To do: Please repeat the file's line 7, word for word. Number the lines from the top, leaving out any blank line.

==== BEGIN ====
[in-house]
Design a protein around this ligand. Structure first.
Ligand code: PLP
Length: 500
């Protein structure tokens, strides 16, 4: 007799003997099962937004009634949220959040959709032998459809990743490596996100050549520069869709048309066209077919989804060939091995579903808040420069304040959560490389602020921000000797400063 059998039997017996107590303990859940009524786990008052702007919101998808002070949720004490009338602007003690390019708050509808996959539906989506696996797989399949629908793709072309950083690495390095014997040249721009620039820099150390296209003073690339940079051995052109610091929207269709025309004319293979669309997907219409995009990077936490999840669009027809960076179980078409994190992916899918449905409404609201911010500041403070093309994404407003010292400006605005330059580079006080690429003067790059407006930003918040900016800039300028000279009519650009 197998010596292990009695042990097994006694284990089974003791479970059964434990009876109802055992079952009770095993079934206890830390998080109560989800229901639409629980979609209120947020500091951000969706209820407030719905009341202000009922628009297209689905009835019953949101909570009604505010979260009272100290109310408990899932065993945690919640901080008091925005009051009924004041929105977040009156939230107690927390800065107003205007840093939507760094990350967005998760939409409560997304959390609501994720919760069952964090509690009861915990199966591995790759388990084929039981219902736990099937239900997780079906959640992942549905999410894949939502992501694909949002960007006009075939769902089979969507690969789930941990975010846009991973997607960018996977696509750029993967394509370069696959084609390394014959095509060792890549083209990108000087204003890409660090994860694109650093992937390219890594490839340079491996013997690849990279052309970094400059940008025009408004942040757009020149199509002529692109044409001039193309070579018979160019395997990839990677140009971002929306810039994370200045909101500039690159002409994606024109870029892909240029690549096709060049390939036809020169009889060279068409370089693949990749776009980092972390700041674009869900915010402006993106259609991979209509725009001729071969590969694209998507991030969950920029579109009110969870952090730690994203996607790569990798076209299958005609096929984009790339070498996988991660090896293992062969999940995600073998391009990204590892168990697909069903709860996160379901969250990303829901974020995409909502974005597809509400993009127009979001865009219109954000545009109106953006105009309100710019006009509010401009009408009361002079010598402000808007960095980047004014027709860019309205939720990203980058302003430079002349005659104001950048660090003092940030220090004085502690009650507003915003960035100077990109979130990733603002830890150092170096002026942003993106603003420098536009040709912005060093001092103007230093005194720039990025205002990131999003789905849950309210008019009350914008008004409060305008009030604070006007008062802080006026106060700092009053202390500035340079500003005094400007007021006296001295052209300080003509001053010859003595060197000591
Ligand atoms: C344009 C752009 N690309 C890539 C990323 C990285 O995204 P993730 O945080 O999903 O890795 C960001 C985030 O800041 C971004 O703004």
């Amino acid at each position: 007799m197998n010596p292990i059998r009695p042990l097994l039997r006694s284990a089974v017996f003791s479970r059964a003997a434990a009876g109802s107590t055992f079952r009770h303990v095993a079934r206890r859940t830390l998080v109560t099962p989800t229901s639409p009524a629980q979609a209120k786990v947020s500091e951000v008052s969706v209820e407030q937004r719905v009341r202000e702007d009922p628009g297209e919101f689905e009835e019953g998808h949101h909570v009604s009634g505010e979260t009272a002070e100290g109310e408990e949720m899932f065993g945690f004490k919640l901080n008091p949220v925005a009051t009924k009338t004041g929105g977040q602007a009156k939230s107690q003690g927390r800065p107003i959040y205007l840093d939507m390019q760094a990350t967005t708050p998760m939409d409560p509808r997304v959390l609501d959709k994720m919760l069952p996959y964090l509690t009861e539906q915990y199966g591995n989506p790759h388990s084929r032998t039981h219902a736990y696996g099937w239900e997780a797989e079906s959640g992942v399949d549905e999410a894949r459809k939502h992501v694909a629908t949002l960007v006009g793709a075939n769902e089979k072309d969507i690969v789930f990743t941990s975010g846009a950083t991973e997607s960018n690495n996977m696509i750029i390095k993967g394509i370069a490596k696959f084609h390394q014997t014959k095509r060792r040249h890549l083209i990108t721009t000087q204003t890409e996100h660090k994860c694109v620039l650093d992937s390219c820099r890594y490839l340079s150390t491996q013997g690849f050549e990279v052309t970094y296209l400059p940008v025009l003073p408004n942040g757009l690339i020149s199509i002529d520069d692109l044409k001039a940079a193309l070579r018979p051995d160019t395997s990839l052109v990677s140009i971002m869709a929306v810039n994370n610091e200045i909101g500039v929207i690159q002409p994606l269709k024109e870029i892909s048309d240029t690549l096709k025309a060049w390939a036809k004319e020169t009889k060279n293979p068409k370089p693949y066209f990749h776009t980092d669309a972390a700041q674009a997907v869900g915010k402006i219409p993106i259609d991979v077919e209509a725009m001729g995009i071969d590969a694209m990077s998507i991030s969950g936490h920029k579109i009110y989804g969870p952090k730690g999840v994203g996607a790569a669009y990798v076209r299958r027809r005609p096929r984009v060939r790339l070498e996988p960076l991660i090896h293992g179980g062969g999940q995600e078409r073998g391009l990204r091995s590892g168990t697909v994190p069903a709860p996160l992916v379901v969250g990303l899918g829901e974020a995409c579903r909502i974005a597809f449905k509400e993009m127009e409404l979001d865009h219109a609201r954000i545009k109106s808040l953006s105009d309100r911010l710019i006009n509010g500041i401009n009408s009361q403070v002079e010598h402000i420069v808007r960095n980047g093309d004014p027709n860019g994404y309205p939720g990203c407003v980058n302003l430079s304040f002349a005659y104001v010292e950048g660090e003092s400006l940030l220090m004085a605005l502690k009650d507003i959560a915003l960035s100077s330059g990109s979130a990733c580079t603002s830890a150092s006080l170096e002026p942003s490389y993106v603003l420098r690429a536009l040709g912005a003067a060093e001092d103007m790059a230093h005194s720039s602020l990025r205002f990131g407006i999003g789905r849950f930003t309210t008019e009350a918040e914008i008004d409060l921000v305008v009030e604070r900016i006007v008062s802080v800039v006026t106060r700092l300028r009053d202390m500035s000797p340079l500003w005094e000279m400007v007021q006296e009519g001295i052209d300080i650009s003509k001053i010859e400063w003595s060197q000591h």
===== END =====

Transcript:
């Amino acid at each position: 007799m197998n010596p292990i059998r009695p042990l097994l039997r006694s284990a089974v017996f003791s479970r059964a003997a434990a009876g109802s107590t055992f079952r009770h303990v095993a079934r206890r859940t830390l998080v109560t099962p989800t229901s639409p009524a629980q979609a209120k786990v947020s500091e951000v008052s969706v209820e407030q937004r719905v009341r202000e702007d009922p628009g297209e919101f689905e009835e019953g998808h949101h909570v009604s009634g505010e979260t009272a002070e100290g109310e408990e949720m899932f065993g945690f004490k919640l901080n008091p949220v925005a009051t009924k009338t004041g929105g977040q602007a009156k939230s107690q003690g927390r800065p107003i959040y205007l840093d939507m390019q760094a990350t967005t708050p998760m939409d409560p509808r997304v959390l609501d959709k994720m919760l069952p996959y964090l509690t009861e539906q915990y199966g591995n989506p790759h388990s084929r032998t039981h219902a736990y696996g099937w239900e997780a797989e079906s959640g992942v399949d549905e999410a894949r459809k939502h992501v694909a629908t949002l960007v006009g793709a075939n769902e089979k072309d969507i690969v789930f990743t941990s975010g846009a950083t991973e997607s960018n690495n996977m696509i750029i390095k993967g394509i370069a490596k696959f084609h390394q014997t014959k095509r060792r040249h890549l083209i990108t721009t000087q204003t890409e996100h660090k994860c694109v620039l650093d992937s390219c820099r890594y490839l340079s150390t491996q013997g690849f050549e990279v052309t970094y296209l400059p940008v025009l003073p408004n942040g757009l690339i020149s199509i002529d520069d692109l044409k001039a940079a193309l070579r018979p051995d160019t395997s990839l052109v990677s140009i971002m869709a929306v810039n994370n610091e200045i909101g500039v929207i690159q002409p994606l269709k024109e870029i892909s048309d240029t690549l096709k025309a060049w390939a036809k004319e020169t009889k060279n293979p068409k370089p693949y066209f990749h776009t980092d669309a972390a700041q674009a997907v869900g915010k402006i219409p993106i259609d991979v077919e209509a725009m001729g995009i071969d590969a694209m990077s998507i991030s969950g936490h920029k579109i009110y989804g969870p952090k730690g999840v994203g996607a790569a669009y990798v076209r299958r027809r005609p096929r984009v060939r790339l070498e996988p960076l991660i090896h293992g179980g062969g999940q995600e078409r073998g391009l990204r091995s590892g168990t697909v994190p069903a709860p996160l992916v379901v969250g990303l899918g829901e974020a995409c579903r909502i974005a597809f449905k509400e993009m127009e409404l979001d865009h219109a609201r954000i545009k109106s808040l953006s105009d309100r911010l710019i006009n509010g500041i401009n009408s009361q403070v002079e010598h402000i420069v808007r960095n980047g093309d004014p027709n860019g994404y309205p939720g990203c407003v980058n302003l430079s304040f002349a005659y104001v010292e950048g660090e003092s400006l940030l220090m004085a605005l502690k009650d507003i959560a915003l960035s100077s330059g990109s979130a990733c580079t603002s830890a150092s006080l170096e002026p942003s490389y993106v603003l420098r690429a536009l040709g912005a003067a060093e001092d103007m790059a230093h005194s720039s602020l990025r205002f990131g407006i999003g789905r849950f930003t309210t008019e009350a918040e914008i008004d409060l921000v305008v009030e604070r900016i006007v008062s802080v800039v006026t106060r700092l300028r009053d202390m500035s000797p340079l500003w005094e000279m400007v007021q006296e009519g001295i052209d300080i650009s003509k001053i010859e400063w003595s060197q000591h």